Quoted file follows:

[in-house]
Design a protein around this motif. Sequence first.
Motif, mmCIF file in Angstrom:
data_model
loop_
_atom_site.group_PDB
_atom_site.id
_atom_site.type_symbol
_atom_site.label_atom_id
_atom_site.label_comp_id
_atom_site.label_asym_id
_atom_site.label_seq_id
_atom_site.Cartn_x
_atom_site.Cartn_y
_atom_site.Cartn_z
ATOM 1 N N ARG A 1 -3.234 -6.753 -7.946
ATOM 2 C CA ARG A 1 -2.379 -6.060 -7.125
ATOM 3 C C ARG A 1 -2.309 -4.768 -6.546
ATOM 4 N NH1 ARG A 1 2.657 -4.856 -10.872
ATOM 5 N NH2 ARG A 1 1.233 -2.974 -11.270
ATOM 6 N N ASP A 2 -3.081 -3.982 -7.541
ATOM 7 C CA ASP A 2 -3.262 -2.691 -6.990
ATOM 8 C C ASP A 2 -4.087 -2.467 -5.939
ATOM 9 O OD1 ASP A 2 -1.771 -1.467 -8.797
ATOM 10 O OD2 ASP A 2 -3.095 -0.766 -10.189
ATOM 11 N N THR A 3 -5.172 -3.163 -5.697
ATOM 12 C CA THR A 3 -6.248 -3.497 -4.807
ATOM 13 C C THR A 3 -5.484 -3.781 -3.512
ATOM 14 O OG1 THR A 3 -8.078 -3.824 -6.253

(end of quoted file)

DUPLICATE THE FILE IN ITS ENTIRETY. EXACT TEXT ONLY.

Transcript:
[in-house]
Design a protein around this motif. Sequence first.
Motif, mmCIF file in Angstrom:
data_model
loop_
_atom_site.group_PDB
_atom_site.id
_atom_site.type_symbol
_atom_site.label_atom_id
_atom_site.label_comp_id
_atom_site.label_asym_id
_atom_site.label_seq_id
_atom_site.Cartn_x
_atom_site.Cartn_y
_atom_site.Cartn_z
ATOM 1 N N ARG A 1 -3.234 -6.753 -7.946
ATOM 2 C CA ARG A 1 -2.379 -6.060 -7.125
ATOM 3 C C ARG A 1 -2.309 -4.768 -6.546
ATOM 4 N NH1 ARG A 1 2.657 -4.856 -10.872
ATOM 5 N NH2 ARG A 1 1.233 -2.974 -11.270
ATOM 6 N N ASP A 2 -3.081 -3.982 -7.541
ATOM 7 C CA ASP A 2 -3.262 -2.691 -6.990
ATOM 8 C C ASP A 2 -4.087 -2.467 -5.939
ATOM 9 O OD1 ASP A 2 -1.771 -1.467 -8.797
ATOM 10 O OD2 ASP A 2 -3.095 -0.766 -10.189
ATOM 11 N N THR A 3 -5.172 -3.163 -5.697
ATOM 12 C CA THR A 3 -6.248 -3.497 -4.807
ATOM 13 C C THR A 3 -5.484 -3.781 -3.512
ATOM 14 O OG1 THR A 3 -8.078 -3.824 -6.253